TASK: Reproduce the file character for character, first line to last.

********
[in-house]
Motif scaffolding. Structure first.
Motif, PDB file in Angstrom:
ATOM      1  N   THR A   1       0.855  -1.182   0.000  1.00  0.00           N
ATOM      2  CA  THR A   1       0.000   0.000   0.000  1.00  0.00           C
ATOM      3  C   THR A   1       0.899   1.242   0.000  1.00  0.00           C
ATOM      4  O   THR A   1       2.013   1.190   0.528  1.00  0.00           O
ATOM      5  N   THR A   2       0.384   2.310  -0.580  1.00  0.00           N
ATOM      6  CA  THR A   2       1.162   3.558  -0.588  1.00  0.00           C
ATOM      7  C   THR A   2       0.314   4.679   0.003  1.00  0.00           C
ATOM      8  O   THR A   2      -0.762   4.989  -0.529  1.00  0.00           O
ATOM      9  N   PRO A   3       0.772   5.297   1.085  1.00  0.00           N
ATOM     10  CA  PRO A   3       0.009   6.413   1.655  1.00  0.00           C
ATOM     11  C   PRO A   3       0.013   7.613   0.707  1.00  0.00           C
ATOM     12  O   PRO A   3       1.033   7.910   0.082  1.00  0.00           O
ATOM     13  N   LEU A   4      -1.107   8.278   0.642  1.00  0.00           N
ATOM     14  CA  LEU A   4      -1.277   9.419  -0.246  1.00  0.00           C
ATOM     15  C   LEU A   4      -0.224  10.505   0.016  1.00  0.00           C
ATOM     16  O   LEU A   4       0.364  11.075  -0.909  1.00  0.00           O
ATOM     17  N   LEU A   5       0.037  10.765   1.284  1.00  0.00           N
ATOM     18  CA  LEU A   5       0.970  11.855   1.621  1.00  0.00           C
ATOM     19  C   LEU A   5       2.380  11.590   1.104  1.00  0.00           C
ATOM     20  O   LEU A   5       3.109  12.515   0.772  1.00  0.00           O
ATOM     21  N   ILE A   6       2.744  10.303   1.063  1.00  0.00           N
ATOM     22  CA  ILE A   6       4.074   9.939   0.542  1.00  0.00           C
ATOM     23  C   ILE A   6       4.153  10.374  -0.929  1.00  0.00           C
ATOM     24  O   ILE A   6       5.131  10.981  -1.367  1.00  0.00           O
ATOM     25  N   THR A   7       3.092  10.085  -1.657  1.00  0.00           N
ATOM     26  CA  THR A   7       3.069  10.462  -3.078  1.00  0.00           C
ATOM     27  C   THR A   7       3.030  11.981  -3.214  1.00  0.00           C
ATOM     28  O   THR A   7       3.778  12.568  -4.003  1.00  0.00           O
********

[in-house]
Motif scaffolding. Structure first.
Motif, PDB file in Angstrom:
ATOM      1  N   THR A   1       0.855  -1.182   0.000  1.00  0.00           N
ATOM      2  CA  THR A   1       0.000   0.000   0.000  1.00  0.00           C
ATOM      3  C   THR A   1       0.899   1.242   0.000  1.00  0.00           C
ATOM      4  O   THR A   1       2.013   1.190   0.528  1.00  0.00           O
ATOM      5  N   THR A   2       0.384   2.310  -0.580  1.00  0.00           N
ATOM      6  CA  THR A   2       1.162   3.558  -0.588  1.00  0.00           C
ATOM      7  C   THR A   2       0.314   4.679   0.003  1.00  0.00           C
ATOM      8  O   THR A   2      -0.762   4.989  -0.529  1.00  0.00           O
ATOM      9  N   PRO A   3       0.772   5.297   1.085  1.00  0.00           N
ATOM     10  CA  PRO A   3       0.009   6.413   1.655  1.00  0.00           C
ATOM     11  C   PRO A   3       0.013   7.613   0.707  1.00  0.00           C
ATOM     12  O   PRO A   3       1.033   7.910   0.082  1.00  0.00           O
ATOM     13  N   LEU A   4      -1.107   8.278   0.642  1.00  0.00           N
ATOM     14  CA  LEU A   4      -1.277   9.419  -0.246  1.00  0.00           C
ATOM     15  C   LEU A   4      -0.224  10.505   0.016  1.00  0.00           C
ATOM     16  O   LEU A   4       0.364  11.075  -0.909  1.00  0.00           O
ATOM     17  N   LEU A   5       0.037  10.765   1.284  1.00  0.00           N
ATOM     18  CA  LEU A   5       0.970  11.855   1.621  1.00  0.00           C
ATOM     19  C   LEU A   5       2.380  11.590   1.104  1.00  0.00           C
ATOM     20  O   LEU A   5       3.109  12.515   0.772  1.00  0.00           O
ATOM     21  N   ILE A   6       2.744  10.303   1.063  1.00  0.00           N
ATOM     22  CA  ILE A   6       4.074   9.939   0.542  1.00  0.00           C
ATOM     23  C   ILE A   6       4.153  10.374  -0.929  1.00  0.00           C
ATOM     24  O   ILE A   6       5.131  10.981  -1.367  1.00  0.00           O
ATOM     25  N   THR A   7       3.092  10.085  -1.657  1.00  0.00           N
ATOM     26  CA  THR A   7       3.069  10.462  -3.078  1.00  0.00           C
ATOM     27  C   THR A   7       3.030  11.981  -3.214  1.00  0.00           C
ATOM     28  O   THR A   7       3.778  12.568  -4.003  1.00  0.00           O